Journal Club #2

Journal Club #2 – Thursday 7th June 2018 20:00 BST.

Read through the discussion.

19 individuals joined in the discussion, sending 177 tweets, which gained 2.84 million impressions on Twitter. 

Sinead McGlacken-Byrne

Chair:  Sinead McGlacken-Byrne @SMCGB

The second Cochrane Trainees Journal Club focused on the trial

Azizi, Michel et al. Endovascular ultrasound renal denervation to treat hypertension (RADIANCE-HTN SOLO): a multicentre, international, single-blind, randomised, sham-controlled trial. Available from: 

The article was free to access on from the 4th – 6th June 2018, with thanks to The Lancet (@thelancet). 

What's it about?

Renal denervation therapy is emerging as a potential alternative to the pharmacological management of hypertension. RADIANCE-HTN SOLO was a multicentre, international, single-blind, randomised, sham-controlled trial, the results of which were recently published in the Lancet. It focused on an endovascular ultrasound approach to renal denervation, and on the effect of this treatment on patients with combined systolic-diastolic hypertension when they were off medication. Patients remained off their antihypertensive medication until two months post-procedure if possible; the primary endpoint was the change in daytime ambulatory systolic blood pressure at two months in the intention-to-treat population. Ultimately, 146 patients were randomised to either undergo renal denervation or the sham procedure, and the researchers found a modest but significant difference between the groups. They concluded that, compared with a sham procedure, endovascular ultrasound renal denervation reduced ambulatory blood pressure at 2 months in patients with hypertension in the absence of medications.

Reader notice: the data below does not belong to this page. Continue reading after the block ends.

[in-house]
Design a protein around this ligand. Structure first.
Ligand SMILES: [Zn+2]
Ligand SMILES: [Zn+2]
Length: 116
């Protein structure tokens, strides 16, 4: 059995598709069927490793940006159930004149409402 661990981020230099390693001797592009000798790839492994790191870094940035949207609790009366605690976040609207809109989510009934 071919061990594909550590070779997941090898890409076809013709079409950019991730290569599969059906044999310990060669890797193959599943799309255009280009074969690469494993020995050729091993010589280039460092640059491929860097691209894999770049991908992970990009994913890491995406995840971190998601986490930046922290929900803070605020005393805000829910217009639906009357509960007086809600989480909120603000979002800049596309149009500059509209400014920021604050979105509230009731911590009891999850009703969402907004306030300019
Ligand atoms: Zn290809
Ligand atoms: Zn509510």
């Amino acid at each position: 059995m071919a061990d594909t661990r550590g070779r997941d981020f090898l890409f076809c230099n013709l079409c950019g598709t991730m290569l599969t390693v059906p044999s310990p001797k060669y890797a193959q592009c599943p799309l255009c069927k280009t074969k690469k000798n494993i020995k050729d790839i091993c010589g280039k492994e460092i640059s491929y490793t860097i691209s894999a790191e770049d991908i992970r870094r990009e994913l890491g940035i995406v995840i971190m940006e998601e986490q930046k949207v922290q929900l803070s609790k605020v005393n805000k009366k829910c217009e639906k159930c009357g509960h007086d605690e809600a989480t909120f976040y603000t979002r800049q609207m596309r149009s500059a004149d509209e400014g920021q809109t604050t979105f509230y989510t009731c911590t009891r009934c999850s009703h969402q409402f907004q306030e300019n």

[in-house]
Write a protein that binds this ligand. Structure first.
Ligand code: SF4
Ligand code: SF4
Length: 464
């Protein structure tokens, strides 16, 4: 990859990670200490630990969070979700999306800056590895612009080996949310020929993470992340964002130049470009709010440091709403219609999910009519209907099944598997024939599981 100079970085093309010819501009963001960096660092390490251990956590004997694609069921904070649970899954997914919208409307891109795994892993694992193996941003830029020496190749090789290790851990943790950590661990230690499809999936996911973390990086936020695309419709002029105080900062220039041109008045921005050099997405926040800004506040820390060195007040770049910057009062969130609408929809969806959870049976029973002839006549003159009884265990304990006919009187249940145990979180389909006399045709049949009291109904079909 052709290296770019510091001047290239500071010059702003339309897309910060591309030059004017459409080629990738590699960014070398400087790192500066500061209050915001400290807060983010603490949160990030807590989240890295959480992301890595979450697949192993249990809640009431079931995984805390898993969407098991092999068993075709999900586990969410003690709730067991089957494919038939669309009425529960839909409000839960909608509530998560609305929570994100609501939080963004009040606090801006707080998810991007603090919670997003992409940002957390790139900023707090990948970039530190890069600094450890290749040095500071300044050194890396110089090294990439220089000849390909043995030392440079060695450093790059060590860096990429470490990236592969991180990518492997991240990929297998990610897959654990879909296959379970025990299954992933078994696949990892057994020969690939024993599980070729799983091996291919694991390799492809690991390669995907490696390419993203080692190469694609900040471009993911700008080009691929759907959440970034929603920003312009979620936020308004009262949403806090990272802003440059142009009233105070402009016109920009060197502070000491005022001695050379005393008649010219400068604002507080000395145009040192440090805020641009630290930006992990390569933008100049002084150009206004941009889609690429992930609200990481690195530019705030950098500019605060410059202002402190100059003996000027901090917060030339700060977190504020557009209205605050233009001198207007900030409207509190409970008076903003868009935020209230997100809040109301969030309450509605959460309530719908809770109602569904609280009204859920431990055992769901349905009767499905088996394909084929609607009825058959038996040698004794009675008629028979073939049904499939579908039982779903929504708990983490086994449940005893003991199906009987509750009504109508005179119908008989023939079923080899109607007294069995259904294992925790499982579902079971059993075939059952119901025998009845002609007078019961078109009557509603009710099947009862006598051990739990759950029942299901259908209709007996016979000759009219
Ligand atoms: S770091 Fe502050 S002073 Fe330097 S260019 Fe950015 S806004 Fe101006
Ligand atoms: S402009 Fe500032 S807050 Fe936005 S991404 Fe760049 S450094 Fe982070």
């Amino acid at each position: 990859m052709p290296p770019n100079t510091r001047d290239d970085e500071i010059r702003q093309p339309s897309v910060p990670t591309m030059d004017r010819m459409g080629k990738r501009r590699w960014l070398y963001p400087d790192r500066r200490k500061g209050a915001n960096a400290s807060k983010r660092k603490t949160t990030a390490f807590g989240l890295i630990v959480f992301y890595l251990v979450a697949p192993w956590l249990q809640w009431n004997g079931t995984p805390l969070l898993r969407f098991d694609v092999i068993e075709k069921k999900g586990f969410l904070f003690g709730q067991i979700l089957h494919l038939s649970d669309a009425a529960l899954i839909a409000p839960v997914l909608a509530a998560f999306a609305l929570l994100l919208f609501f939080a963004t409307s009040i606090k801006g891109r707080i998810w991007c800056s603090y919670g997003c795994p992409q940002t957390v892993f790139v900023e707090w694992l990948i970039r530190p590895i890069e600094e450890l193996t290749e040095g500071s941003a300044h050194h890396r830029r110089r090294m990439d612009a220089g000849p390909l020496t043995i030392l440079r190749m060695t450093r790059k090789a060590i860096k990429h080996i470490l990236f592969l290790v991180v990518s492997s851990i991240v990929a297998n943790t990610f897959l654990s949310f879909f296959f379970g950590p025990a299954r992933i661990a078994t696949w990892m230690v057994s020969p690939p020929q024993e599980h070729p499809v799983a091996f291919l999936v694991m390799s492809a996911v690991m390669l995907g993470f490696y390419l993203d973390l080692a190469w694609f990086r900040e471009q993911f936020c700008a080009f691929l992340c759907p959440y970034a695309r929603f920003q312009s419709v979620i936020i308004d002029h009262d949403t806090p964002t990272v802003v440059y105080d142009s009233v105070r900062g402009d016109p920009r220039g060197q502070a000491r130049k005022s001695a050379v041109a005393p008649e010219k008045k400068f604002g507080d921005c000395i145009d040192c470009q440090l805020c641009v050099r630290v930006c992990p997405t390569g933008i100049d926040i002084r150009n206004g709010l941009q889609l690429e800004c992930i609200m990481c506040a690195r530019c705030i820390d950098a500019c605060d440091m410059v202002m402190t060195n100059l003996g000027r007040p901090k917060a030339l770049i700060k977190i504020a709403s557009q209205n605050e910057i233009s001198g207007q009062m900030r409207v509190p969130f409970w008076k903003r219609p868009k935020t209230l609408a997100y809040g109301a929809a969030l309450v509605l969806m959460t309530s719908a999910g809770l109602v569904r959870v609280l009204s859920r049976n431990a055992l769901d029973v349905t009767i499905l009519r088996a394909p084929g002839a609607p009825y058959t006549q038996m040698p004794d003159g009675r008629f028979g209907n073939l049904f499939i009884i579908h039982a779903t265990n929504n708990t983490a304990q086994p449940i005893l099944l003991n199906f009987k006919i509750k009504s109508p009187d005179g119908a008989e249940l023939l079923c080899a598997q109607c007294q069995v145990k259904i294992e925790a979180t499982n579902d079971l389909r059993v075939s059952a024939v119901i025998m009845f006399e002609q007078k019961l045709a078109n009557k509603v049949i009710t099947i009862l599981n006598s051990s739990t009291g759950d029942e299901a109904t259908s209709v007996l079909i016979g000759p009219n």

Things to think about

This paper investigates an emerging and exciting paradigm for the non-pharmacological treatment of hypertension, and certainly raises lots of interesting questions. We spoke about about the statistical significance of the study's results, but also about their clinical significance and relevance. Would the findings make you change your clinical practice? Would they tempt you to offer your patients a choice between pharmacological treatment and renal denervation ("a once-off invasive procedure versus pills for life"), or do you envisage potential problems with this dichotomous approach? How does this trial differ from previous trials in the area (e.g. SYMPLICITY HTN-3), and why did these differences matter? What questions remain unanswered after this trial? 

Here, you can download a presentation which illustrates the importance of blinding trials with subjective outcomes, such as blood pressure: Why double blind randomized controlled trials?.pptx

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